Nearly impossible these days. They all seem to have a 4G modem and love to send data back to the mother ship.
 
2021-05-10 10:04:20 AM  

Yaw String: dittybopper: I'm good.  My car doesn't know Morse code.

[Fark user image 850x477]

Or passengers


That's a feature, not a bug.
 
2021-05-10 10:25:42 AM  
If I connected to my car I'm pretty sure I'd hear "Kill me. Please just let me die."
 
2021-05-10 10:27:01 AM  

dittybopper: Yaw String: dittybopper: I'm good.  My car doesn't know Morse code.

[Fark user image 850x477]

Or passengers

That's a feature, not a bug.


Also, that's a straight key, not a bug.
 
2021-05-10 10:38:19 AM  

dittybopper: dittybopper: Yaw String: dittybopper: I'm good.  My car doesn't know Morse code.

[Fark user image 850x477]

Or passengers

That's a feature, not a bug.

Also, that's a straight key, not a bug.


You do realize you're sending information in essentially digital format, right? Your car could easily be programmed to read it and may already have been.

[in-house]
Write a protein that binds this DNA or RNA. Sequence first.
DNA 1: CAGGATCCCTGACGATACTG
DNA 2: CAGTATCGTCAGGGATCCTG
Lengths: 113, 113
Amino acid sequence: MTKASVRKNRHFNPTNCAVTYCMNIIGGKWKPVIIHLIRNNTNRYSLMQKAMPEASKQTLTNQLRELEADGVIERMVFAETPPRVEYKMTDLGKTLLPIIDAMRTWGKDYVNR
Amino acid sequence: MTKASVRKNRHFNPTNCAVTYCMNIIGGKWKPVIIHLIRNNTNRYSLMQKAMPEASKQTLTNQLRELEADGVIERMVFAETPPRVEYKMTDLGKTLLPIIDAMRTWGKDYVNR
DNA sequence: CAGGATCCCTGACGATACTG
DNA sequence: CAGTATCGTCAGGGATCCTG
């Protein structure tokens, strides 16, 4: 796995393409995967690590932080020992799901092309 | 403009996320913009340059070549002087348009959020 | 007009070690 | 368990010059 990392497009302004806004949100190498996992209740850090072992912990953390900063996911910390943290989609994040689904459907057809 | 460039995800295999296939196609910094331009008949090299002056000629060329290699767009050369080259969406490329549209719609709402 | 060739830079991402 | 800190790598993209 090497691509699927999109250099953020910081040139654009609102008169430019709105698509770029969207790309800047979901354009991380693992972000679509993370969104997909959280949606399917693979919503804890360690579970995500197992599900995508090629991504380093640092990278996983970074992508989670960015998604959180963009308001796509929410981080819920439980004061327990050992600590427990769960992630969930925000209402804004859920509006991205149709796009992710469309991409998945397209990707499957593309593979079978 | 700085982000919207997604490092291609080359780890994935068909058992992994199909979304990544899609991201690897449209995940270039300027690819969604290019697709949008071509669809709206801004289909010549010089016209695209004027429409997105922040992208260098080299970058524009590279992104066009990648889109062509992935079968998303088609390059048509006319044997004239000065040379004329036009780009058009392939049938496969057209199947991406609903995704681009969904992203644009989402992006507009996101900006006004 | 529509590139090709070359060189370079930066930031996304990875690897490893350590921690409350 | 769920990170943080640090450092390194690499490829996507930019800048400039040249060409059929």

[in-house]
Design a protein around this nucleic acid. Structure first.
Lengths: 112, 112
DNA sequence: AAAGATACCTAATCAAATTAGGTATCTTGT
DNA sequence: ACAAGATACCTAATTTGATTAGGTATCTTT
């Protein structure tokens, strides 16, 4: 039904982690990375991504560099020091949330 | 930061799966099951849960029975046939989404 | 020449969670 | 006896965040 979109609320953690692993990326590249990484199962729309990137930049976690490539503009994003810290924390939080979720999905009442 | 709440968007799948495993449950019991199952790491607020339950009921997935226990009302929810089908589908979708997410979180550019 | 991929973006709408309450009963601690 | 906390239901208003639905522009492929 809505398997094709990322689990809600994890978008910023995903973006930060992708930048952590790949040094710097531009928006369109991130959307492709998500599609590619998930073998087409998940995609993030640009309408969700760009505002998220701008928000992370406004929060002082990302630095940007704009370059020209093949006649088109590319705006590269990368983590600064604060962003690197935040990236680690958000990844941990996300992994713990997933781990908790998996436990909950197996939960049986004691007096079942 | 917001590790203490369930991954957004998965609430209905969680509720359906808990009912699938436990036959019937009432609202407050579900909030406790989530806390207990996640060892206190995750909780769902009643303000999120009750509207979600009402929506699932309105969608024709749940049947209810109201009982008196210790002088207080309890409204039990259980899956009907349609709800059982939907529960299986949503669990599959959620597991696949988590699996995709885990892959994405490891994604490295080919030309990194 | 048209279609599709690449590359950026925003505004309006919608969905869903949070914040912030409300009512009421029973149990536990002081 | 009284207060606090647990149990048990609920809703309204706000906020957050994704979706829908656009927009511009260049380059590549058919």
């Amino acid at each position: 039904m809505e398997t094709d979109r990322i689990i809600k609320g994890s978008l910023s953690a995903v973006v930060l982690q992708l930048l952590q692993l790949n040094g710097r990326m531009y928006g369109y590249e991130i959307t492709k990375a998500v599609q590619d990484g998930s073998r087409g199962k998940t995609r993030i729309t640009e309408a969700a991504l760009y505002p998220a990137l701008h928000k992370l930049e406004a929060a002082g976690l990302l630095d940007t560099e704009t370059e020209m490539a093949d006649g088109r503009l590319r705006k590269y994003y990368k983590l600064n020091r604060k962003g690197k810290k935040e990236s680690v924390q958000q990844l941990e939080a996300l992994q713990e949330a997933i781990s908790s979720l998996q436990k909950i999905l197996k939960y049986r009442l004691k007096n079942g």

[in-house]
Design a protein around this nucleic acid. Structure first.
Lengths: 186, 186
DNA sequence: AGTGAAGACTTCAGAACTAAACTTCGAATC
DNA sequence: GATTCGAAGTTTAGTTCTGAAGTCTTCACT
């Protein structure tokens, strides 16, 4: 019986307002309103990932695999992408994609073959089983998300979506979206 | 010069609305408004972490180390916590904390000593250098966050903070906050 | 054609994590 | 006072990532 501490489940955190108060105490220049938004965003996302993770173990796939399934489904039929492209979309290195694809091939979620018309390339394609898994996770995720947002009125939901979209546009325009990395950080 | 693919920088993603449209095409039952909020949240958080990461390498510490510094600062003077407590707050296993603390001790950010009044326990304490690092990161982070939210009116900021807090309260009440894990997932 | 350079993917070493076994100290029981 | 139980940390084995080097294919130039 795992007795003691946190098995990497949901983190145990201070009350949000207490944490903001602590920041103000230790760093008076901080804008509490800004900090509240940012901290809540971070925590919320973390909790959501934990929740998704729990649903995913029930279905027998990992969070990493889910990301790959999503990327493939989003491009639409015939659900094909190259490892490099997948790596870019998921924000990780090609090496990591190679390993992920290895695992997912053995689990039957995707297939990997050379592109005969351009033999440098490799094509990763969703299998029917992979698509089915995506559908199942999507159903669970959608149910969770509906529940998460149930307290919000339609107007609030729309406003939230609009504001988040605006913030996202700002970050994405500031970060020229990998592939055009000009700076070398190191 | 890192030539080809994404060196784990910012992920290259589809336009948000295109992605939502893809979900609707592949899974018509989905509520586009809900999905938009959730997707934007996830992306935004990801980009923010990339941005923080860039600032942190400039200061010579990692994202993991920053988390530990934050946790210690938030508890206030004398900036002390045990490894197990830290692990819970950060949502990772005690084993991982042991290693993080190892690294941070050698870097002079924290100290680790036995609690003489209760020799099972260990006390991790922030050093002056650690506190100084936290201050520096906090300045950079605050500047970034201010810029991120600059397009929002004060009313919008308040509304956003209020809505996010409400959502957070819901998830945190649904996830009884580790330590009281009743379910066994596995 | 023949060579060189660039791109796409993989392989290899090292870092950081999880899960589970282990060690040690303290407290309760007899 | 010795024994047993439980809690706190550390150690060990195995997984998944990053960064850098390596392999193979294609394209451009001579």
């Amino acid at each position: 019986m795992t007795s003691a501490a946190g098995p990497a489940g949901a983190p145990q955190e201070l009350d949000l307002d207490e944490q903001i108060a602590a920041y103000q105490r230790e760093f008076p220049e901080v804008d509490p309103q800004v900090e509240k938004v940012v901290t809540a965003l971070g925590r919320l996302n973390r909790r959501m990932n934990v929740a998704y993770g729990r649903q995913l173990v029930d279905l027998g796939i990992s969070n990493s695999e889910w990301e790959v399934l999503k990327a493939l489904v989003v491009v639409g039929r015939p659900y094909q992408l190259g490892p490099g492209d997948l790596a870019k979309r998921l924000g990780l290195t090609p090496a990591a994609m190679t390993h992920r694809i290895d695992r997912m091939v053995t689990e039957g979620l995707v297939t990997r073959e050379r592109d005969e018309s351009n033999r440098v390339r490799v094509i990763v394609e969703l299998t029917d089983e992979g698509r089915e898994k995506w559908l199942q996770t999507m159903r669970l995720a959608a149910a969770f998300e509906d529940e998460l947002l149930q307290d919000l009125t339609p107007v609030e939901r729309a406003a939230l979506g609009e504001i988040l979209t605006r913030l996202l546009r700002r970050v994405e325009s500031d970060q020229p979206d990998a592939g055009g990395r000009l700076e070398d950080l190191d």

2021-05-10 11:37:58 AM  

MrBallou: dittybopper: dittybopper: Yaw String: dittybopper: I'm good.  My car doesn't know Morse code.

[Fark user image 850x477]

Or passengers

That's a feature, not a bug.

Also, that's a straight key, not a bug.

You do realize you're sending information in essentially digital format, right? Your car could easily be programmed to read it and may already have been.


You do realize that it's a Hyundai Accent, right?

Doesn't even have Bluetooth.  You want to play something from your phone (like my 17 year old son does), you have to plug a physical USB cord into it.

Plus I'm pretty sure even the top-of-the-line Hyundai's, and even the Genesis brand, don't have built-in HF receivers, which they'd need to be able to read what I was sending.
 
2021-05-10 12:10:39 PM  

dittybopper: MrBallou: dittybopper: dittybopper: Yaw String: dittybopper: I'm good.  My car doesn't know Morse code.

[Fark user image 850x477]

Or passengers

That's a feature, not a bug.

Also, that's a straight key, not a bug.

You do realize you're sending information in essentially digital format, right? Your car could easily be programmed to read it and may already have been.

You do realize that it's a Hyundai Accent, right?